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May 3rd, 2016

A Design Response to Competitor Innovation

What to do when the competition blindsides you with a new innovation? A survey of 98 companies showed that, faced with what they saw as a disruptive innovation, two-thirds responded by adopting the same innovation–either through a separate business or their existing organization. And some chose to do nothing.*

Competitive pressure is never-ending, and disruptive innovation can change the very foundation on which your business is based. Navigating the turbulence requires a thoughtful response. You can often design your way around a competitor’s product innovation. First, evaluate the innovation on two scales:

  1. Degree of innovation—Is it merely an incremental change, or an industry disruption?
  2. Amount of overlap—Is it merely a tangential category, or a direct competitive threat?

All competitive introductions warrant a strategy regardless of where they fall on these two scales. Some require an immediate and direct response. Others might bear watching and waiting. And there are those that are fine with keeping business as usual. If you deem the threat to be real, then consider these design approaches that can work to your advantage.

Better Design at a Better Price

If the competitive innovation involves a price cut, then lowering your price may be in order, but first consider design updates. Design refinements can be small nuanced visual differences that communicate something new or they can be deeper product design revisions that provide more value. Don’t just race to the bottom of the price range. You’re only as good as your last price. Consider better design AND a better price—a powerful contender in any market. With a smart design strategy, a brand new design may have minimal impact on your cost of goods. On the contrary, a re-design can reduce cost while enhancing design. For Perfect Flame gas grills we created a design family that offered these advantages: reduced cost through selective use of materials, built collective power in the brand through a consistent family look, and created a design that Newsweek Magazine called “a five burner beauty…perfect for avoiding BBQ envy.”

Design Patents

Work to achieve an original design that warrants a design patent. While utility patents were historically considered more valuable, the design patent has protected billions of dollars in market share for companies like Apple since it launched the iPhone in 2007. And for our clients, most of whom are mid-sized manufacturers, design patents around our designs have created strong competitive barriers.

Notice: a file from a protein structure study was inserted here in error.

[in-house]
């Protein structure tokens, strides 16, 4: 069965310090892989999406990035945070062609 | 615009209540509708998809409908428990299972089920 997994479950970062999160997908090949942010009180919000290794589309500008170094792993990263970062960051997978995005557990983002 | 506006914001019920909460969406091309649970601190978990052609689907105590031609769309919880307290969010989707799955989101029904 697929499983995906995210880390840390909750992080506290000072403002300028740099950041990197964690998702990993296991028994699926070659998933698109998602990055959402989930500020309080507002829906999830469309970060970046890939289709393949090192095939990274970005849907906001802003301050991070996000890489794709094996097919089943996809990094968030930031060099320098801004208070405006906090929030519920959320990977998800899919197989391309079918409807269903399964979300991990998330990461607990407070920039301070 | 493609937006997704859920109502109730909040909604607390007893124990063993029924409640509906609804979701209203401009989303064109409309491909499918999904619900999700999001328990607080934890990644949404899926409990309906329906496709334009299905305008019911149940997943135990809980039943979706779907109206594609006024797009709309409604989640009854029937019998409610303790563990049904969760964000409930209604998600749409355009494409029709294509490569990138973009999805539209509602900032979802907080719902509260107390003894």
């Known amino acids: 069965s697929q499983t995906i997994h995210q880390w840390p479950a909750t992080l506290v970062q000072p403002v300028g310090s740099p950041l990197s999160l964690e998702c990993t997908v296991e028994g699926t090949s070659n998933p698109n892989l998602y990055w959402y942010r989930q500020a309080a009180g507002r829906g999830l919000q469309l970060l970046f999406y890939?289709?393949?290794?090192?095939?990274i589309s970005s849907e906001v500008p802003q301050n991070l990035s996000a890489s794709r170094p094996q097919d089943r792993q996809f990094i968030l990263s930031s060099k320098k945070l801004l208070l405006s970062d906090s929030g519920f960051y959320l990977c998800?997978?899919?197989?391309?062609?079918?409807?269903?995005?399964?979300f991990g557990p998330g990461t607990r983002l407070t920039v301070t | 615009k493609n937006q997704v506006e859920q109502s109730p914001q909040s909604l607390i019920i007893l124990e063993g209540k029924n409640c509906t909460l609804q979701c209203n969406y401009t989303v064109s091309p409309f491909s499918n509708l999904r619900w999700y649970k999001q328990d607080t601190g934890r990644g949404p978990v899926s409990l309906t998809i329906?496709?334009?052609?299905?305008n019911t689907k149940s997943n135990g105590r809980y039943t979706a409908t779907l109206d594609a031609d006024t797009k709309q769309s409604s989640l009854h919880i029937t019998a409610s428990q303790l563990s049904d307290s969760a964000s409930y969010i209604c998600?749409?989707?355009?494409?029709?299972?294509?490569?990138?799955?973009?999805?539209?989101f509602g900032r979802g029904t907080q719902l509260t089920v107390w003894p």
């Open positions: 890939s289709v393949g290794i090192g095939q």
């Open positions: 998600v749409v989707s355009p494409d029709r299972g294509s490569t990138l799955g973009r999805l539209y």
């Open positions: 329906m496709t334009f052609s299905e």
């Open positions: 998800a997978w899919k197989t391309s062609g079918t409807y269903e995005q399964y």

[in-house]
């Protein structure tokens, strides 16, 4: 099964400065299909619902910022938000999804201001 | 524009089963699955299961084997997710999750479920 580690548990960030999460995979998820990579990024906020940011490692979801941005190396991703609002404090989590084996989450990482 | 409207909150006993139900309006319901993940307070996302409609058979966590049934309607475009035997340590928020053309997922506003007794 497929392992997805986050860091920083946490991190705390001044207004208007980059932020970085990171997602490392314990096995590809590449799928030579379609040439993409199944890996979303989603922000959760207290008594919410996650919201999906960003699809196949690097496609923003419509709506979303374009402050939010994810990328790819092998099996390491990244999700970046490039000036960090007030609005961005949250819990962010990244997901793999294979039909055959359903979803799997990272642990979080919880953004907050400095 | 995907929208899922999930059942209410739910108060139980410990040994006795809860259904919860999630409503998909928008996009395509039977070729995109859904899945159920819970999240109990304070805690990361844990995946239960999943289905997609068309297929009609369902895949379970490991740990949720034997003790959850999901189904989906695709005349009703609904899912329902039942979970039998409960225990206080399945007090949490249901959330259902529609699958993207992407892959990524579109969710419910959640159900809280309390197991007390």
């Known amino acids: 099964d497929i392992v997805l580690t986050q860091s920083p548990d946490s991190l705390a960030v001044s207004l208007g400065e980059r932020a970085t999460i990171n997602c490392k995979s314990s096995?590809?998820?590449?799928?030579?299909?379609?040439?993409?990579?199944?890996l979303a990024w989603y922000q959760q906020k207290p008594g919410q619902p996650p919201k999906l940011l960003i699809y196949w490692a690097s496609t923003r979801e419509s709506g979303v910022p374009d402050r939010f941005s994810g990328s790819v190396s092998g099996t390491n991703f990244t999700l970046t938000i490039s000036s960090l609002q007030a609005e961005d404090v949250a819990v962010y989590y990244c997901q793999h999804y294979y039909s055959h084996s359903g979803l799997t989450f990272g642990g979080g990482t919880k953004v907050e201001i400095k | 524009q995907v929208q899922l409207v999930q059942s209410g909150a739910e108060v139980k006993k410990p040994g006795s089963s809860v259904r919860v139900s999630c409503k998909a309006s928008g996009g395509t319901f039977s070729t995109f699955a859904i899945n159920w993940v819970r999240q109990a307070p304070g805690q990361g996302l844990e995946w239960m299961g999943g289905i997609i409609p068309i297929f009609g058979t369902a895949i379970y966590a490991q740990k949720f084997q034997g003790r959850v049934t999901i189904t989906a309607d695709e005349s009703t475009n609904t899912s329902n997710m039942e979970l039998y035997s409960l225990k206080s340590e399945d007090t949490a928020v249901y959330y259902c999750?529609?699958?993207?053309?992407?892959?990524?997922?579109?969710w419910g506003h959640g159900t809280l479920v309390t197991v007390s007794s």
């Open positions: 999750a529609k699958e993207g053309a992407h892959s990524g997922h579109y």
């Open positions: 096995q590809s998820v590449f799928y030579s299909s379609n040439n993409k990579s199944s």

Raise the Bar

I still laugh at the absurdity of the razor wars. Gillette and Schick volleyed for years—the Sensor 3 to the Quattro, the Fusion 5 to the Hydro 5. Now six-blade razors are the avant-garde. Silly as it may have seemed, with each added blade, Gillette and Schick invested in design. Sculpted colorful aesthetics, gender segmented designs, ergonomic handles, lubricating gels, easy-attach cartridges. The battle of the blades spawned loads of cool design and user benefits, changing the category beyond just the blade. Use your competitor’s innovation as a means to an end—a catalyst for design innovation. Watch their product, do your homework to understand the end user’s interactions (pro and con), and one-up them with meaningful design.

Don’t Design

Look hard at your competitor’s introduction. Then look at your own product line. If your design strategy is still sound and your brand is still strong after the competitor’s product gets over its initial buzz, just stick to your guns. Use the money you earmarked for redesign to invest in a reinvigorated marketing campaign. Gillette and Schick offered consumers innovative design plus an extra blade. Smaller razor companies got swept up in the brawl and redesigned with just another blade…and the big guys just got bigger.

 

* http://sloanreview.mit.edu/article/responses-to-disruptive-strategic-innovation/

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